Speaker: Olga Papaemmanouil, Brandeis University
Title: Performance Management for Cloud Databases via Machine Learning


PhD Seminar: Wednesday October 5, 12:30 pm, DC 1331
Speaker: Michael Mior
Title: Schema Renormalization for NoSQL Databases
Absract: Applications using NoSQL databases commonly denormalize and duplicate data to improve performance. While this can improve application performance, it also introduces several complications. Applications need to be careful when replicating inserted data. New queries in the application's workload can result in complex changes to the underlying schema. We show how a set of relations can be extracted from a NoSQL database and how we can make use of existing and novel techniques to produce a normalized logical schema for applications. We also describe several uses cases for such a logical schema to reduce the burden of schema management on developers.


PhD Seminar: Wednesday October 19, 12:30 pm, DC 1331 POSTPONED
Speaker: Zeynep Korkmaz
Title: Graph Aware Cache Replacement Policy
Absract: Dense linked data dominates the new generation web applications. For example, large social-networking providers store and serve billions of photos, texts on behalf of users. They are growing so fast that they require powerful distributed storage and processing systems to handle social connections and diverse user behaviors. Deploying a caching layer is a well known solution to improve the performance of such systems. Existing caching approaches vary in architecture design, however, their cache replacement algorithms rely on either recency or frequency information that do not well represent the connection density and unpredictability of access pattern in social graphs. In this study, we propose a graph aware, object-level cache replacement policy to exploit social connections and structural properties of graph data in order to perform low latency graph computations.


SCS Distinguished Lecture Series: Thursday October 20th, 3:30 pm, DC 1302
Speaker: Ophir Frieder, Georgetown University
Title: Searching in Harsh Environments


DSG Seminar Series: Tuesday October 25th, 1:00 pm, DC 2585
Speaker: Wolfgang Gatterbauer, CMU
Title: Approximate lifted inference with probabilistic databases


PhD Seminar: Wednesday October 26, 12:30 pm, DC 1331
Speaker: Kareem El Gebaly
Title: In-Browser SQL Analytics with Afterburner
Absract: This talk explores the idea of implementing an analytical RDBMS in pure JavaScript so that it runs completely inside a browser with no external dependencies. Our prototype, called Afterburner, generates compiled query plans that exploit typed arrays and asm.js, two relatively recent advances in JavaScript. On the TPC-H benchmark, we show that Afterburner achieves comparable performance to MonetDB running natively on the same machine. This is an interesting finding in that it shows how far JavaScript has come as an efficient execution platform. We also discuss how our techniques could support ubiquitous in-browser interactive analytics (potentially integrating with browser-based note-books) and also present interesting opportunities for split execution strategies where query operators are distributed between the browser and backend servers.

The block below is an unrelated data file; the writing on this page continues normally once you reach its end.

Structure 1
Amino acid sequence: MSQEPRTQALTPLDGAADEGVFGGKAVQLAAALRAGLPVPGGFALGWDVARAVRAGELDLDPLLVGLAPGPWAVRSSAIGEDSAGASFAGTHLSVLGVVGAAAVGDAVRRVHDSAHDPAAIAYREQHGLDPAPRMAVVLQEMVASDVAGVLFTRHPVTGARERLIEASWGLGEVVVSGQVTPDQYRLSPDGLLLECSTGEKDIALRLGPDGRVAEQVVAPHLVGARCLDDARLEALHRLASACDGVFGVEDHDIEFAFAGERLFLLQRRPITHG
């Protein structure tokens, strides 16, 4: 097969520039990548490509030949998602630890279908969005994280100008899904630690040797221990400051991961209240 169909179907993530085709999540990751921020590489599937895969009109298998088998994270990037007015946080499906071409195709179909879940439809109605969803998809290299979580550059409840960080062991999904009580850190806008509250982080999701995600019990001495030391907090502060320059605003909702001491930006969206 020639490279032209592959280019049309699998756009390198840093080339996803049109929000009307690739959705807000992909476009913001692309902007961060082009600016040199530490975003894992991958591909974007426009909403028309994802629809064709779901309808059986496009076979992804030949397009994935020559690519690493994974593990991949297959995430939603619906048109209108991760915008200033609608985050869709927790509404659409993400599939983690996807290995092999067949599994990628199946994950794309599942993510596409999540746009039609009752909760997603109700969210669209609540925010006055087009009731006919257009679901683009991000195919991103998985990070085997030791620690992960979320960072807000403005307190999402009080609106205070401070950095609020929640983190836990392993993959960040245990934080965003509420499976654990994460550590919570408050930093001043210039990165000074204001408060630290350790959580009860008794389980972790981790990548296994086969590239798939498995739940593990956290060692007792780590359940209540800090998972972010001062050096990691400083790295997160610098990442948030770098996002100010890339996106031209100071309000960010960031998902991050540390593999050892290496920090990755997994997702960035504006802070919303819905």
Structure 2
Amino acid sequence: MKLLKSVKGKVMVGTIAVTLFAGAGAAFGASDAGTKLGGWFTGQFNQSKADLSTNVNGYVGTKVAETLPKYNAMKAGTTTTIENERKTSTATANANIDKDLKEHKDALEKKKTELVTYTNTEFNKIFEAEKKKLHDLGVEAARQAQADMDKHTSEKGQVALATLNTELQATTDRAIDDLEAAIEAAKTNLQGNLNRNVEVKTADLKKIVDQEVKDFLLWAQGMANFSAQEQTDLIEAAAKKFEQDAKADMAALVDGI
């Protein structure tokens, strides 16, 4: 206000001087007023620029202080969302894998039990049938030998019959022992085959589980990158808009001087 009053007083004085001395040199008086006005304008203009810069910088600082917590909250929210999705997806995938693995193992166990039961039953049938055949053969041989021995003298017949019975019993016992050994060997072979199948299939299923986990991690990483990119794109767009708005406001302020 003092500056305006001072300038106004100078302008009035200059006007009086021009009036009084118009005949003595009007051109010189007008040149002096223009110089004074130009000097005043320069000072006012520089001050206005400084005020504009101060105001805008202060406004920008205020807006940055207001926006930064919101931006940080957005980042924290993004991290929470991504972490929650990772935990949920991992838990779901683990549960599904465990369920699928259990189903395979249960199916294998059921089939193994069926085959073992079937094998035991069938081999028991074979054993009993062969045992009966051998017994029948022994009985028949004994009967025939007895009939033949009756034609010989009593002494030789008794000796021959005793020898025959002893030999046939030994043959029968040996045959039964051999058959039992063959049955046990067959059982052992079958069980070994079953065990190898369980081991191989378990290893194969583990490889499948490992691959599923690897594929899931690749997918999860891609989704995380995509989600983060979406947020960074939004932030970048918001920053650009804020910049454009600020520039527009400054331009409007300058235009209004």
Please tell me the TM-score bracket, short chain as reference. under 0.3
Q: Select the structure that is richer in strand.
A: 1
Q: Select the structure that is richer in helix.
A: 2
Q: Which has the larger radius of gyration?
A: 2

PhD Seminar: Wednesday November 30, 12:30 pm, DC 1331
Speaker: Xu Chu
Title: Scalable Data Cleaning
Absract:

Data quality is one of the most important problems in data management, since dirty data often leads to inaccurate data analytics results and wrong business decisions. There are many different data cleaning activities performed to improve data quality, such as filling in missing values, removing duplicate records, and fixing integrity constraint violations. There are usually three steps in data cleaning: data quality rules specification, error detection, and error repairing.

In this talk, I will present three projects as examples that tackle the challenges in each of the three steps in data cleaning. The first project, called denial constraints discovery, proposes to use denial constraints (DCs) as the formal language to express a variety of data quality rules. The second project, called holistic data cleaning, advocates the idea of accumulating evidences in detecting and repairing errors, which leads to better cleaning accuracy. The third project, called distributed data deduplication, tackles the scalability challenges in data cleaning.



DSG Seminar Series: Friday December 2nd, 10:30 am, DC 1304
Speaker: Amol Deshpande, University of Maryland
Title: Scalable Platforms for Graph Analytics and Collaborative Data Science


DSG Seminar Series: Monday December 19th, 10:30 am, DC 1304
Speaker: Fabian M Suchanek, Telecom ParisTech University
Title: A Hitchhiker's Guide to Ontology